#1
I have a jazz combo audition in two days and tomorrow they are going to give me the piece we'll play so I can practice it for 24 hrs first.

What aspects of the piece should I really focus on when practicing it? I'll need to comp, maybe read a melody line, maybe solo. Do you have any suggestions for what I should do to make the most of my 24 hrs?
#2
focus on comping well, phrasing the melodic and demonstrating melodic control and the ability to play changes when soloing/phrasing, embellishing or arranging the melody. Dont worry about complex comping either, just use good voicings and voicelead carefully. make sure there is some kind of melody in the top line of your comping and that you are adding to, not detracting from the solo. you also do not need to play a chord every bar. also think about your eighth notes and keep them consistent, do you play straight eighths and really lay into them in a modern feel, or do you swing your eighth notes like many more traditional players. project (or just be) a strong, individual sound that can function well in the ensemble and make the other players sound better.
#3
spend most of your time playing the changes. you'd be a badass if you came in sheetless and just did it from memory. if you're new to this i'd recommend taking a sheet of manuscript paper, putting four bars per stave and writing the changes in. then, in bass clef, write out a bass line to walk the changes. it's good to write it out because you'll see that visually on the paper you want a certain contour. hence the term "walking" it gives it an up and down motion.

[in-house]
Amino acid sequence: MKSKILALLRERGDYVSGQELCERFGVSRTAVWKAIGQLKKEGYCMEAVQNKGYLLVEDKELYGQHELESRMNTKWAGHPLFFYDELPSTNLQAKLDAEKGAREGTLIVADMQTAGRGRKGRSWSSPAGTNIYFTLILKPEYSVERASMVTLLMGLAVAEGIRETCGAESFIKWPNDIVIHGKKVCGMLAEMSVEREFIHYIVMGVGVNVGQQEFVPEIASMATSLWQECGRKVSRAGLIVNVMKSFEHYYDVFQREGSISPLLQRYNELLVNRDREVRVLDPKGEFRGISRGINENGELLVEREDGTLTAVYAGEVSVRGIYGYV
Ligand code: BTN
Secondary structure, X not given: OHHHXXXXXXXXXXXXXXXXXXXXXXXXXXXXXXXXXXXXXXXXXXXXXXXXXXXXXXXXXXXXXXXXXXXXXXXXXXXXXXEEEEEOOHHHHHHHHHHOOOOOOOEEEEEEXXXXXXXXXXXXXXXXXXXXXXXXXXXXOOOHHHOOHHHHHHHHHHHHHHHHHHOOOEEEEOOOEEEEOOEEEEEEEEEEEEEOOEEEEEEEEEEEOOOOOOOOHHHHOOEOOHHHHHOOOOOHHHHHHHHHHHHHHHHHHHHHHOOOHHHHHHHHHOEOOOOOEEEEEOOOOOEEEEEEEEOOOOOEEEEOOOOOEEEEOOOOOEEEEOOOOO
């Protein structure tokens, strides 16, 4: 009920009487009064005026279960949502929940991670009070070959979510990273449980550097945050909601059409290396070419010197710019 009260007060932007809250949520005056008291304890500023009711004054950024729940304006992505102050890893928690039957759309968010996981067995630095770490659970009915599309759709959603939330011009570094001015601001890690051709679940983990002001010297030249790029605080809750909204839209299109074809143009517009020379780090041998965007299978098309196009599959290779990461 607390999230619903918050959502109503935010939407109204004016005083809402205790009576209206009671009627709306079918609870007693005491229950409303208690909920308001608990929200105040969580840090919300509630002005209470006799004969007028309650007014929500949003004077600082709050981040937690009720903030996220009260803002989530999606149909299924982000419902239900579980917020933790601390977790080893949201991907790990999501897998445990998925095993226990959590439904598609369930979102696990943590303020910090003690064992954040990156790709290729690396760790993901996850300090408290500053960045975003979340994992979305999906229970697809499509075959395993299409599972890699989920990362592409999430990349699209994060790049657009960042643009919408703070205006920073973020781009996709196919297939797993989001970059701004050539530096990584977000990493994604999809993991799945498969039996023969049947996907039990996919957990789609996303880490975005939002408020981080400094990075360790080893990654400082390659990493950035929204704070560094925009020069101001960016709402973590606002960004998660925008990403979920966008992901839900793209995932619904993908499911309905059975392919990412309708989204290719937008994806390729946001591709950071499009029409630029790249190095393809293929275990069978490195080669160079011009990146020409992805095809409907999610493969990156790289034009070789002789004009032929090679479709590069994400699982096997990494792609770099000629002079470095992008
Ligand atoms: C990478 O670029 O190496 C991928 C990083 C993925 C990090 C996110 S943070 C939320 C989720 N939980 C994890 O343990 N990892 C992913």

also, not applicable if this is a latin tune.

nobody gives a rat's ass about your solo'ing. sorry, brah. that is, unless, you give them something to give a rat's ass about. but you're never going to get a gig as a bassist if some sax player thinks you're a great soloist. bass is a comp role in jazz. if you want to get hired, accept that. you'll get your solos, but don't get tiffed when everyone in the crowd is talking over it or the sax player is talking to the drummer while you go at it for a few choruses. bass is just an awkward instrument to solo on. it's naturally quiet and very difficult to play in the upper register cleanly while "enunciating" so to speak. sustain is a bitch up there. but i'm probably gonna try out some pirastro jazzers next time i'm due for a string change. those ring for days, man. hopefully they'll still do so on my bass.
#DTWD
Last edited by primusfan at Aug 30, 2010,